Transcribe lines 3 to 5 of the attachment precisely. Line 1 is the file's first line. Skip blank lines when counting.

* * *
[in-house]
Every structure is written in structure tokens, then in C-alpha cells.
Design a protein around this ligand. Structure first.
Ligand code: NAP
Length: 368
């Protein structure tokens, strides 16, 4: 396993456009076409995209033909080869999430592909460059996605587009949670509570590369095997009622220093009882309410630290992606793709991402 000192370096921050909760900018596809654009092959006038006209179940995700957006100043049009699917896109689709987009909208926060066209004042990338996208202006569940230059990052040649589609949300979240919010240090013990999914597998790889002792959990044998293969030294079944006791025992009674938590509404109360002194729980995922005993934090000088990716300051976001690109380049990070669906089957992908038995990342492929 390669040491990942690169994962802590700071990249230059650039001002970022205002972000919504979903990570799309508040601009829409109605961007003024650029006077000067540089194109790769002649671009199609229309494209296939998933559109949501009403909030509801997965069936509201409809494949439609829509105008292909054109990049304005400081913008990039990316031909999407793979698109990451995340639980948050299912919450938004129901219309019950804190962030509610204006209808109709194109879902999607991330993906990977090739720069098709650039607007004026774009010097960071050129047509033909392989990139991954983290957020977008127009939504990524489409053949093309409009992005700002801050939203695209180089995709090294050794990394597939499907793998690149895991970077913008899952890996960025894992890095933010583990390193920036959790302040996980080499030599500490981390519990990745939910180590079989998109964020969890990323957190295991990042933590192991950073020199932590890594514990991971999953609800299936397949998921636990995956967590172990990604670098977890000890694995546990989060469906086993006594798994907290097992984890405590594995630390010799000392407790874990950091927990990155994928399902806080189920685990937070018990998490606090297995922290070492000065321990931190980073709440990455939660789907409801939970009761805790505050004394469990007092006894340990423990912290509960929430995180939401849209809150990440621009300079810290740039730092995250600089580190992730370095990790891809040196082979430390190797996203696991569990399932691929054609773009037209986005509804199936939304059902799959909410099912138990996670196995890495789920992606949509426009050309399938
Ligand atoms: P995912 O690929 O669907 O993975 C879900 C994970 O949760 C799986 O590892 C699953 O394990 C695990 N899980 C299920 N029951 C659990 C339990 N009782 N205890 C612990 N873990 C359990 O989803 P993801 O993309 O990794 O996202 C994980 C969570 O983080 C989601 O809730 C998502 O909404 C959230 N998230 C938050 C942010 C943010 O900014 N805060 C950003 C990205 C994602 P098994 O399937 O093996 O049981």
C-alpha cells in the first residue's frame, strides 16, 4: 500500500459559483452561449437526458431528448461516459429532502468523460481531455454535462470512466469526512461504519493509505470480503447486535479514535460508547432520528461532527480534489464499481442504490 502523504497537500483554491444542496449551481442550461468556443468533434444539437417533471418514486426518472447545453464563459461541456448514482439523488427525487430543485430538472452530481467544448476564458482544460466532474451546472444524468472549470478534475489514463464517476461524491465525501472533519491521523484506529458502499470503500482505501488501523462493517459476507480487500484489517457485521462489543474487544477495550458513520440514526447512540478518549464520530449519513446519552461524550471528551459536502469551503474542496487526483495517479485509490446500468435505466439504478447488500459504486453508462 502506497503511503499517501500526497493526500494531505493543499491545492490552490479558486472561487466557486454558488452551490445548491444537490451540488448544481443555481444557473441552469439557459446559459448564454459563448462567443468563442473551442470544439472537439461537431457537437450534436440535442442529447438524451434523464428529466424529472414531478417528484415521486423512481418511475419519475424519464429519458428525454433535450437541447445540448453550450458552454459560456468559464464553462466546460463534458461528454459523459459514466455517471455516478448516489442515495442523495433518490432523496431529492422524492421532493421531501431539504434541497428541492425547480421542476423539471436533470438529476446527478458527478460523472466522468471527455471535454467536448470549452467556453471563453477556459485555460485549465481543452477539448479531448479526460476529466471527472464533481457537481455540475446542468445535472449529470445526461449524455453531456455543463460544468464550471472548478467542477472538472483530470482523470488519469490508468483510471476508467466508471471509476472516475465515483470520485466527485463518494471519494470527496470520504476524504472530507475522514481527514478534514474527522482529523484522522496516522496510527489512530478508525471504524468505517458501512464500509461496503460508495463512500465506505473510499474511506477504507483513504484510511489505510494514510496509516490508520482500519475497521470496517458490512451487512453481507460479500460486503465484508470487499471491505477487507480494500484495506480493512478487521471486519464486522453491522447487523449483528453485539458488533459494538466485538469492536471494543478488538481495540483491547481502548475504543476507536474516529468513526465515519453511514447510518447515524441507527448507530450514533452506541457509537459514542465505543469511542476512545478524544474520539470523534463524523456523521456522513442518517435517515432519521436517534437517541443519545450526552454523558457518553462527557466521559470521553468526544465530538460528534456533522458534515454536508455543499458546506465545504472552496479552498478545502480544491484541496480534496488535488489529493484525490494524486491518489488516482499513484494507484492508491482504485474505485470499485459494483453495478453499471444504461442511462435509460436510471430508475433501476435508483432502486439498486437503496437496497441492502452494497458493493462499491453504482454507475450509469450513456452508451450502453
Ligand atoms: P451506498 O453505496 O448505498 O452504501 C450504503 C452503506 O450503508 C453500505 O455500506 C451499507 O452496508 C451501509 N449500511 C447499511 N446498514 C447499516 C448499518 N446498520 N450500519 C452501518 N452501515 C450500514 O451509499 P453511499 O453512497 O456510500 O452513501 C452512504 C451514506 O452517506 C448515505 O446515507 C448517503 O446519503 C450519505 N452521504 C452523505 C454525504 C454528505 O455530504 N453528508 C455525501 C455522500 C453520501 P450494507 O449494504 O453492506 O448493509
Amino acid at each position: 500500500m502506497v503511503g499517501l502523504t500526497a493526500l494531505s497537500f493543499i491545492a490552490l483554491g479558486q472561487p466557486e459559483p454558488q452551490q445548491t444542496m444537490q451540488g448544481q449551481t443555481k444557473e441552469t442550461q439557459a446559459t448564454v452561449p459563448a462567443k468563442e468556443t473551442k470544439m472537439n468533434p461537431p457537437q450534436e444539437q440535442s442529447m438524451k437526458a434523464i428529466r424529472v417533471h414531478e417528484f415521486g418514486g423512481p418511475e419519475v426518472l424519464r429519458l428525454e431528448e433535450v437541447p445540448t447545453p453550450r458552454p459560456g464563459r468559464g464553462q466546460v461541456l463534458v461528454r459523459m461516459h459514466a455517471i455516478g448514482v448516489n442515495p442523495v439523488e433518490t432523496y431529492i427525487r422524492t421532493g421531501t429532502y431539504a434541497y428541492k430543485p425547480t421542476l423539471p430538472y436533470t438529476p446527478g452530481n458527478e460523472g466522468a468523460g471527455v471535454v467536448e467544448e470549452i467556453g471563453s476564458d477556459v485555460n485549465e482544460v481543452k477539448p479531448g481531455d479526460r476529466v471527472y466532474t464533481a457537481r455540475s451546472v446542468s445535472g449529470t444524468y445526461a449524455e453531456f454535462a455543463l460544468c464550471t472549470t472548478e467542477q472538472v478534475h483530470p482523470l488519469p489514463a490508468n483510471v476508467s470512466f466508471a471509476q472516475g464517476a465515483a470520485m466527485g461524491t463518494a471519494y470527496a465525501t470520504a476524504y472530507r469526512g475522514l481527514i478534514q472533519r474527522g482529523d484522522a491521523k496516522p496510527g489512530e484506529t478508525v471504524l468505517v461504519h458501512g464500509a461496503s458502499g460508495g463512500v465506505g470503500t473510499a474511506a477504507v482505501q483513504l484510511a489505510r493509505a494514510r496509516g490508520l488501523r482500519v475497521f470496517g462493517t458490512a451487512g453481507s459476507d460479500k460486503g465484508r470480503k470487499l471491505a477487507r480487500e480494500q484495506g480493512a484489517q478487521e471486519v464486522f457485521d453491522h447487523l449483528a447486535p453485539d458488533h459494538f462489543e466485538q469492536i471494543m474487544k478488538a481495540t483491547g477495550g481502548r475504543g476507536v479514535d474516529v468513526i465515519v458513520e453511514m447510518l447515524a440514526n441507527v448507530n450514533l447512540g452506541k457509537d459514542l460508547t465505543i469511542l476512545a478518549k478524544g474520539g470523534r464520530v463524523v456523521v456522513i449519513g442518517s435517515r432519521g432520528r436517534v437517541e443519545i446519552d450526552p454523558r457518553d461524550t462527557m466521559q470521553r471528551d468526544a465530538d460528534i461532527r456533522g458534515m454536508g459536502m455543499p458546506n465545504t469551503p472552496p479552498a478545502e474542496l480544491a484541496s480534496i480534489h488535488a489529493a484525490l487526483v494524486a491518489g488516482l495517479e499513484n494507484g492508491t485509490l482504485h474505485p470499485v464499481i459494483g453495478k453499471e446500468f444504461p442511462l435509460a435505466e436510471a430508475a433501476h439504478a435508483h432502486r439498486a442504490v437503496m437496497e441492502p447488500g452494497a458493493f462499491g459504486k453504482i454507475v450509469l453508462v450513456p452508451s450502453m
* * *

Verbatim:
Design a protein around this ligand. Structure first.
Ligand code: NAP
Length: 368